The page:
Since Georgia doesn't have any oil wells, it's not commonly considered an energy-producing state. Yet it has the nation's second-largest collection of biomass in its pine forest which is drawing European utilities to the state.
The utilities are under a European Union requirement to end their use of coal in generating electricity, so they are turning to pellets made of compressed pine wood. The have already invested $1 billion in a network of factories in South Georgia. Another $2 billion in investment is in the works, according to Jill Stuckey, acting director of the Herty Advanced Materials Development Center in Savannah.
"I talk to a lot of companies from Europe looking to build pellet plants," she said.
U.S. utilities don't use the pellets because they cost more than coal, which is also abundant domestically. But Europe has to ship in coal from overseas, so shipping in pellets from Georgia is comparable and satisfies their carbon-reduction mandates.
"If you work with someone with a gun to their head, it's easier," Stuckey said.
She predicted that scientists will devise an alternative to the pellets in five to seven years, but by then researchers will have found cheaper ways to turn pine materials into synthetic petroleum and the profitable chemicals that refining yields.
Another source of energy-related economic development is the conservation industry. Installing more efficient lighting and ventilation systems is a growing field, employing 7,600 pipefitters, roofers, electricians and engineers today, according to Kathy Robb, co-chairwoman of the Georgia chapter of the Energy Services Coalition and the manager of energy services for AGL Resources.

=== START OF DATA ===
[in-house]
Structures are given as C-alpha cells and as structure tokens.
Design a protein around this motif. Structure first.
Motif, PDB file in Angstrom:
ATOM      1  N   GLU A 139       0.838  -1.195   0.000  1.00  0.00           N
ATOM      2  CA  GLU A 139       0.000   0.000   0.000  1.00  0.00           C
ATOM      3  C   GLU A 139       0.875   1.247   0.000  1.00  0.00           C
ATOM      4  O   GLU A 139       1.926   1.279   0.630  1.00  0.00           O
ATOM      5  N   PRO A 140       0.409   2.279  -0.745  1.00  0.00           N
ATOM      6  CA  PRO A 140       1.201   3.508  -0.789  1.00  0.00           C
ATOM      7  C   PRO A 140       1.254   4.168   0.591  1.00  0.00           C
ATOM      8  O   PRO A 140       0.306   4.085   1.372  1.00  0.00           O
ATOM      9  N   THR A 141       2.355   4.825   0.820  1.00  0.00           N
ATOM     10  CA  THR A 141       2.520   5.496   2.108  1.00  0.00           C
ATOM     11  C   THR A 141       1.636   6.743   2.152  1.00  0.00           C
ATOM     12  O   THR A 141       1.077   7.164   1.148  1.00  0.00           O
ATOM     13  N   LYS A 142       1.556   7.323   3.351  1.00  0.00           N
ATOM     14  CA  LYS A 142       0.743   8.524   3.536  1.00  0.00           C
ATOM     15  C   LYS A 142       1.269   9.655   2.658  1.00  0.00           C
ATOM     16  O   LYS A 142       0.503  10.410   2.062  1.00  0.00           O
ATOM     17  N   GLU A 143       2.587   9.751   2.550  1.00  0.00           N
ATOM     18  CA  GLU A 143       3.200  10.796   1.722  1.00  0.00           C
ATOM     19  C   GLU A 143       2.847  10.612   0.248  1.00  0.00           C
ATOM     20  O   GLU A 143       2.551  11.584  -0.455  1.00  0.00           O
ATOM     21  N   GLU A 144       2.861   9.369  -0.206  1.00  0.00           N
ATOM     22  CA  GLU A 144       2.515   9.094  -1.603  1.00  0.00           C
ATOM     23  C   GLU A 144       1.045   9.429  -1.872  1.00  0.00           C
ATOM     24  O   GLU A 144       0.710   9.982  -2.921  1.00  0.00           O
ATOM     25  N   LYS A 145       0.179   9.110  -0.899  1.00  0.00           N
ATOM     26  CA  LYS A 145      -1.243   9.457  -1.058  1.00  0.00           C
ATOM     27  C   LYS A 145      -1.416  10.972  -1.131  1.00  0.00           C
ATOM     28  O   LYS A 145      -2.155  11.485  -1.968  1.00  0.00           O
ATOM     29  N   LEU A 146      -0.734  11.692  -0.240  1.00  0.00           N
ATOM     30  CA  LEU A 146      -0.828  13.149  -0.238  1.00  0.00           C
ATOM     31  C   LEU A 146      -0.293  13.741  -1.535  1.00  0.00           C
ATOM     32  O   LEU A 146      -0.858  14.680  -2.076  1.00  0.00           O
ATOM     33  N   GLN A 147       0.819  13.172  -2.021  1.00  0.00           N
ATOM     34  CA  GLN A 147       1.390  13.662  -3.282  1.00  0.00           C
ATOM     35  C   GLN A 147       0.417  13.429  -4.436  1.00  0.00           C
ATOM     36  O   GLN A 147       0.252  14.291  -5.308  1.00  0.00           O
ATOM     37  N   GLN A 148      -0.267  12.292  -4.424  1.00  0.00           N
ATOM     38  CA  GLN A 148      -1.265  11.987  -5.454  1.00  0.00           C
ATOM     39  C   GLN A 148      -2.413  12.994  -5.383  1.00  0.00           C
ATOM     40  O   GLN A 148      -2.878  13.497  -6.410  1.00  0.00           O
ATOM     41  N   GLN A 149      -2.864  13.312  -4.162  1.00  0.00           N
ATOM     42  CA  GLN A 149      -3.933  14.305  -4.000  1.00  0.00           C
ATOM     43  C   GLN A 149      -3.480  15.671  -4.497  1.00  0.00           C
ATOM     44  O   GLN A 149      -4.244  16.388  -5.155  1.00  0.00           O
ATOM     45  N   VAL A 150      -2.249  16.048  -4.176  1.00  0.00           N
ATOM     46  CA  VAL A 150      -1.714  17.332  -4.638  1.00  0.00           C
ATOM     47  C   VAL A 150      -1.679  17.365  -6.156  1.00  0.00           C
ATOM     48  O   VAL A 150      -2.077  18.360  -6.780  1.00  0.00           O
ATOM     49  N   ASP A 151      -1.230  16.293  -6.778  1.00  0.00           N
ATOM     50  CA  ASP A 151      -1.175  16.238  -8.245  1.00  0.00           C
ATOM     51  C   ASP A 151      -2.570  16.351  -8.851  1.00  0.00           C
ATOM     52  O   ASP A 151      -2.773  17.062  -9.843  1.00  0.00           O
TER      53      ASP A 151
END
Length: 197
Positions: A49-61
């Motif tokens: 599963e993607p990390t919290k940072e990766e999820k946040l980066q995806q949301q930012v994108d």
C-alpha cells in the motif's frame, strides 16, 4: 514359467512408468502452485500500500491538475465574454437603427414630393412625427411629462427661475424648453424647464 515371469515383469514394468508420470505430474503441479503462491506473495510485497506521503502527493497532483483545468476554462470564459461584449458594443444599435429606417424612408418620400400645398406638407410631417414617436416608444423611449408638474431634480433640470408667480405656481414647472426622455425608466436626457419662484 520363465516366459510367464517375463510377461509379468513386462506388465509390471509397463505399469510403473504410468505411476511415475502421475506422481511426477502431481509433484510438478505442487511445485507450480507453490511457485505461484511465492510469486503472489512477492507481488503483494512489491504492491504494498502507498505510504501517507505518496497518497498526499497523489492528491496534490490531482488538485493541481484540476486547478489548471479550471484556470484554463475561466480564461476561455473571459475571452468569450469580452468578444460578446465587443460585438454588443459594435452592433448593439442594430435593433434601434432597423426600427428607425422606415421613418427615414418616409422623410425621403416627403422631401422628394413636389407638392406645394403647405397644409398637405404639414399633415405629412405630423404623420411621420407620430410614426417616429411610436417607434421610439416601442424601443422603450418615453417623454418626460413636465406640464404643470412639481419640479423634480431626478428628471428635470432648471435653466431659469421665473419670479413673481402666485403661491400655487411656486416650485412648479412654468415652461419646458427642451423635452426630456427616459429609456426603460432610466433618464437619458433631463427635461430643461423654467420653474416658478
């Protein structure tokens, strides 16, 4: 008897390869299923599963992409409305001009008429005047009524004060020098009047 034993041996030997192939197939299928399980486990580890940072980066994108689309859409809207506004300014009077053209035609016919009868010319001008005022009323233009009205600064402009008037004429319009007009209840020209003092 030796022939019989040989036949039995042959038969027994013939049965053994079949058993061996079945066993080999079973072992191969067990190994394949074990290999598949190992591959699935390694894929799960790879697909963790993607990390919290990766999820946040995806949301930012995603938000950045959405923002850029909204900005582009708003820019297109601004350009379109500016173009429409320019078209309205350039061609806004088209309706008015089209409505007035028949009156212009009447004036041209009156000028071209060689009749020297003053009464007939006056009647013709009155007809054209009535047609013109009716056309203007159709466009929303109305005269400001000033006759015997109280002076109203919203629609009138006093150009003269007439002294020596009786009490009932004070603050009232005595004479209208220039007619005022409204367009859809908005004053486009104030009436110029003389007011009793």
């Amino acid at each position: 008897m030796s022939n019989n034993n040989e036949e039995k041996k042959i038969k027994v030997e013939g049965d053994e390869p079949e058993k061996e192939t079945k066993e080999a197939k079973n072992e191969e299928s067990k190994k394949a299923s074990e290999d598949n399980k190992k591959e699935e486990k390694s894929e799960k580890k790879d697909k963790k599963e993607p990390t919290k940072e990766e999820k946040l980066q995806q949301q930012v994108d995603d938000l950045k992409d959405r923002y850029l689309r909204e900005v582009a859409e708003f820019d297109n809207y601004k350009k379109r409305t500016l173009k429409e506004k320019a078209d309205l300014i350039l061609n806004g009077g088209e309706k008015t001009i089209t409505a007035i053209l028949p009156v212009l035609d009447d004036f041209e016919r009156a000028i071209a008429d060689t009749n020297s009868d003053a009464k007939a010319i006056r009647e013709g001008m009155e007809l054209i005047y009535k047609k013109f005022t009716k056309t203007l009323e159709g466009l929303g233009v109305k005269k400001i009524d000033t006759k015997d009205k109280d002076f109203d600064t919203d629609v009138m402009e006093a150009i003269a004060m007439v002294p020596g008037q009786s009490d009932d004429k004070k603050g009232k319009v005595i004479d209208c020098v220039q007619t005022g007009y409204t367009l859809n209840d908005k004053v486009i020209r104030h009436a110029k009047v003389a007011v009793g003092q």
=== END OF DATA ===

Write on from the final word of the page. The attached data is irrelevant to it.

Employment can double, she said, as more state agencies take advantages of a constitutional amendment voters approved last year that allows them to enter into multi-year contracts. The longer agreements are needed so that companies will install energy-saving equipment with no upfront payment from the government as long as they can get compensated by the agencies' savings realized in the coming years.
"Without the state out there setting an example, the projects have been few and far between," she said.
Relatively low electricity rates have kept Georgia businesses from embracing conservation as much as those in other parts of the country, notes Steve Morton, manager of Georgia Power's energy-efficiency program. But that's changing, he said.
"I think it's coming more to the forefront because our prices have come up some," he said.